For a long time now, we’ve been talking about videogames like they are something else.

The cultural conversation has gone like this: how are videogames to gain entry into the same club as film, as literature, as architecture, as art?

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It’s a natural thing to want to compare something new to something old. Progress-based industries do this all the time: here’s a new iPhone, better than the last; here’s a new car, more efficient and luxurious than the last. You’ve never had it better than you have it now. Our product stands alone as proof of the newness of now.

The same goes for media. The invention of new cultural forms is littered with people talking about the old ways. In fact, as media theorists Jay Bolter and Richard Grusin argue, describing a new media technology in relation to others is often the only language available to people in the beginning, and acts almost as a media rite of passage. Those behind a new media must “claim that it was better in some way at achieving the real or the authentic. Until they had done this, it would not be apparent that the device was a medium at all.” All things are in comparison: something doesn’t really shine until everything else looks dull.

At the Freeplay Independent Games Festival last weekend, there was a subtle, but palpable shift in this kind of conversation.

It happened most clearly through quite literal conversations. In Freeplay’s workshop room, two speakers—one from videogames, one from another discipline—would come together to talk about things in a sometimes too-warm, sometimes difficult-to-hear, but always full seminar room at the State Library.

One of the most interesting conversations was about music, pairing Melbourne Symphony Orchestra artistic administrator Andrew Pogson with sound designer Emily Ridgway, who worked on sound for Bioshock and a number of the Double Fine games, (Brütal Legend, Costume Quest and Stacking). The dialogue here was accessible, but very quickly reached a level of depth unusual even for Freeplay.

Immediately, Pogson and Ridgway leapt into discussions of dynamic versus pre-set music in games (with Ridgway suggesting, unusually, that dynamic music doesn’t always even out as better for videogames), and Ridgway recalling her decisions when selecting the licensed music for Bioshock (the whole game was originally to be musically silent, she said, but the melancholia of 1940s pop won out in the end). Pogson and Ridgway also spoke about the musical differences between Japanese and American symphonic scores, and remarkably remained insightful while avoiding the usual exoticist discourse that punctuates these things (American scores have become rhythmically-focussed, suggested Pogson, while Ridgway elaborated on the jazz-influences in Japanese orchestral videogame music).

Another conversation saw journalist Tracey Lien paired with Lubi Thomas, senior curator in digital media at QUT Brisbane, to discuss videogames and visual art. As with the session on music, Lien and Thomas seemed to barely consider the usual kinds of conversations we have about games and art. The only nod was at the beginning from Lien: “We’re not going to talk about whether games are art or not,” she said. “If you think games aren’t art, you can just leave right now.”

What followed was a whirlwind tour through art history and videogames that found its surest footing when talking about performance. That Marina Abramović’s The Artist Is Present or Yoko Ono’s Cut Piece might have something interesting to add to the conversations of what we do when we play videogames doesn’t need to be laboured; Lien and Thomas recognised this, gesturing towards links rather than dwelling on familiar points of significance.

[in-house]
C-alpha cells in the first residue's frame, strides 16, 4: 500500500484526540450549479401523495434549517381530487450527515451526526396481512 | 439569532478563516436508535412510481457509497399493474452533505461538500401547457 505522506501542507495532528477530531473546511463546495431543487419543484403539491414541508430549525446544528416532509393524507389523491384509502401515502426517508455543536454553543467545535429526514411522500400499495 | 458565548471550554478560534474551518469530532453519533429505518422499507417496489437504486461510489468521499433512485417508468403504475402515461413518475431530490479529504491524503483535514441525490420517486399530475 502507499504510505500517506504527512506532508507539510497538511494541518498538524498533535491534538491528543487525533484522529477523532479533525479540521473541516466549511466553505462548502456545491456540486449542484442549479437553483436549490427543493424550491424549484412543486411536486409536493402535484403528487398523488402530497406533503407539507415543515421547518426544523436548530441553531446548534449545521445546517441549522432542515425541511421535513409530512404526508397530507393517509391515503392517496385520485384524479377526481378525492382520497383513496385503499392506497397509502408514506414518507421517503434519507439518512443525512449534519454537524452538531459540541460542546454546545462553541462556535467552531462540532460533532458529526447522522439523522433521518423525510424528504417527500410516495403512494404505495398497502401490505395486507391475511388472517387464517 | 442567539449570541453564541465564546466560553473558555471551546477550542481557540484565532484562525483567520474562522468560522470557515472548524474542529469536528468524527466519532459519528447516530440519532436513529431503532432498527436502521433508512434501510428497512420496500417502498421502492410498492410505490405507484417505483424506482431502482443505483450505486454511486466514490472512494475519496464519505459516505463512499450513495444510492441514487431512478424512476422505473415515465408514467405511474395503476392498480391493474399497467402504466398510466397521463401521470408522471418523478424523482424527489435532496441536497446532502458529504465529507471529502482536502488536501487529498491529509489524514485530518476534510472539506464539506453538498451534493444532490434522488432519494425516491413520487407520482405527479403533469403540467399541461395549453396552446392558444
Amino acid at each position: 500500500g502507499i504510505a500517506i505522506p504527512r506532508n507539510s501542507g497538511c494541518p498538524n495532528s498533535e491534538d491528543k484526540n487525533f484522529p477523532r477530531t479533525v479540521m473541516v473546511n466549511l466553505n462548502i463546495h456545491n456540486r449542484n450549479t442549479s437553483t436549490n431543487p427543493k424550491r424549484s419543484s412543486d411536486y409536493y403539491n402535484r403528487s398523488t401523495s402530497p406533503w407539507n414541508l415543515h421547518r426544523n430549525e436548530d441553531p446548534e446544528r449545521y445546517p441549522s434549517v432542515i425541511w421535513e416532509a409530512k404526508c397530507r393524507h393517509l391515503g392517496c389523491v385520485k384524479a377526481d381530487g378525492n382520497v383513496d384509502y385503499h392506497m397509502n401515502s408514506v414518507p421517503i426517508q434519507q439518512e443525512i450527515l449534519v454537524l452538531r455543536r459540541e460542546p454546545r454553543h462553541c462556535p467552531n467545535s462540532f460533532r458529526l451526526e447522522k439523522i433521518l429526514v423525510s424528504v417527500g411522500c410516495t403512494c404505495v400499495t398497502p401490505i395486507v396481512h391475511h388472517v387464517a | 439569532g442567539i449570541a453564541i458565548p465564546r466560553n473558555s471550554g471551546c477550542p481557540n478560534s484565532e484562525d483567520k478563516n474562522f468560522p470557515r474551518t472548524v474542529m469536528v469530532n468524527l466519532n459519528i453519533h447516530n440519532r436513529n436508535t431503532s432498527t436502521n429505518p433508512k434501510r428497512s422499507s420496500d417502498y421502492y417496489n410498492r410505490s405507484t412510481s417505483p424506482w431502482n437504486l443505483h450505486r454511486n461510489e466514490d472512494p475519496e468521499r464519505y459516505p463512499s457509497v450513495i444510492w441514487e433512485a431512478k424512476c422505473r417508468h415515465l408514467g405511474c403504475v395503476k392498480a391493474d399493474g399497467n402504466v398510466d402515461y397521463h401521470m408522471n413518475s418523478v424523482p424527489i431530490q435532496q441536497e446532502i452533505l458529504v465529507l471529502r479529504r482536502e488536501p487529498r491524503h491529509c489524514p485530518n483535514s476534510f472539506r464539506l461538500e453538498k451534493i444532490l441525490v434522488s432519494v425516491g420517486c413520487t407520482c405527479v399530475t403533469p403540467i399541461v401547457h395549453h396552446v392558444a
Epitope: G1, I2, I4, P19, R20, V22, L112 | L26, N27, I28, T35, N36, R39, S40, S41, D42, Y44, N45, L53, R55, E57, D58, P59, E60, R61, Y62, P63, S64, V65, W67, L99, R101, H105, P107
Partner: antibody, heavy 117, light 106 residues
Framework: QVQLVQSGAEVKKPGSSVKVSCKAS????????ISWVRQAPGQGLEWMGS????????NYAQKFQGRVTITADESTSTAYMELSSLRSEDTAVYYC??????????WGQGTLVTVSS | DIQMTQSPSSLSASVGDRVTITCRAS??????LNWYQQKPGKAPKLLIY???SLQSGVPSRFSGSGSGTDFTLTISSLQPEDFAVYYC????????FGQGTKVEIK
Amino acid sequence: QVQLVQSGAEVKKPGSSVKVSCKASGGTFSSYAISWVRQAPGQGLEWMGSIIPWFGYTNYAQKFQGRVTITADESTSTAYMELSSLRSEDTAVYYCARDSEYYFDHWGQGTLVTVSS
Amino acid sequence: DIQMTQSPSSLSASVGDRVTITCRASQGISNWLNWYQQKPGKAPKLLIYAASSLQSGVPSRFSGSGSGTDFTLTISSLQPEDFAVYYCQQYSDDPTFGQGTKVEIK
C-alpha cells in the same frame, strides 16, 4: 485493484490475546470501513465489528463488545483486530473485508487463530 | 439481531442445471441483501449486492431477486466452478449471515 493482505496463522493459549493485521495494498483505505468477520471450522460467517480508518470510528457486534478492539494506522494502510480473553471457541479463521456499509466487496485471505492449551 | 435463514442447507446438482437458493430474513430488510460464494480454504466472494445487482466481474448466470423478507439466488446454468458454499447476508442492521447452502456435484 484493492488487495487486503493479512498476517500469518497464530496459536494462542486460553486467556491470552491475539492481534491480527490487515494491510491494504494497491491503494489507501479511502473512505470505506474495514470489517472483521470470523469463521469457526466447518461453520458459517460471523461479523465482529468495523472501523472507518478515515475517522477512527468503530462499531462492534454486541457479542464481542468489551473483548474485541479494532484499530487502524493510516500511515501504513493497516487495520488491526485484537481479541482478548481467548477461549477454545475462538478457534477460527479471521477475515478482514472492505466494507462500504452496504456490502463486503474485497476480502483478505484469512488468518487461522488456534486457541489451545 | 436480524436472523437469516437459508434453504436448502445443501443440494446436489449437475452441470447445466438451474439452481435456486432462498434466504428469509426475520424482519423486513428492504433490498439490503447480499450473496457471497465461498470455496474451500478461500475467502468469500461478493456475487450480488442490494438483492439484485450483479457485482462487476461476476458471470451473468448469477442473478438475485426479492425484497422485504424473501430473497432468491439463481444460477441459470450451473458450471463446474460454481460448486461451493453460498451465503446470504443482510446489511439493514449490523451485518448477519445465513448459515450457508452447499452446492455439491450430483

The satisfying thing about both of these sessions was how effortless it was to find the shared ground, to find to the common conversations, to talk through mediums rather than at them. It’s worth noting that I’m using medium in an intentionally wrong sense in this article—usually, I’d tell my own students off for using ‘mediums’ as a plural instead of media (a cardinal sin), but here I mean it to also mean something in-between, like a mediator, or a psychic.

That’s because at Freeplay, these conversations seemed less focussed on the surface comparisons we often make between media, and instead were interested in the deeper dialogues that encompass all creative forms. It signifies a willingness—and I’m not sure where this stems from at this point—to push beyond the same dialogues that we’ve been rehearsing for years now, and to aim for something a little deeper, a little more rewarding, and hopefully, a little more honest. Although some sessions at Freeplay threatened to return to well-trodden ground (or worse, to allow veterans to just reminisce over war stories), there seemed to be a general hunger from both the speakers and the audience just to move on.

Against all expectations, Australia is now flush with gaming events to the point of overflowing. But while GCAP (Game Connect Asia Pacific) holds the industry ground, and EB Expo and the recently announced Penny Arcade Expo fight it out for consumer show space, Freeplay is now well positioned as the place where cultural conversations about videogames occur.

At Freeplay, people talk through mediums.


NOTE: I was a member of the Freeplay Programming Advisory Committee for 2012. This unpaid position meant that I had input into this year’s selection of speakers and events for the festival and was generally involved in thinking about the festival’s program for this year.

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Peter Fray
Peter Fray
Editor-in-chief of Crikey
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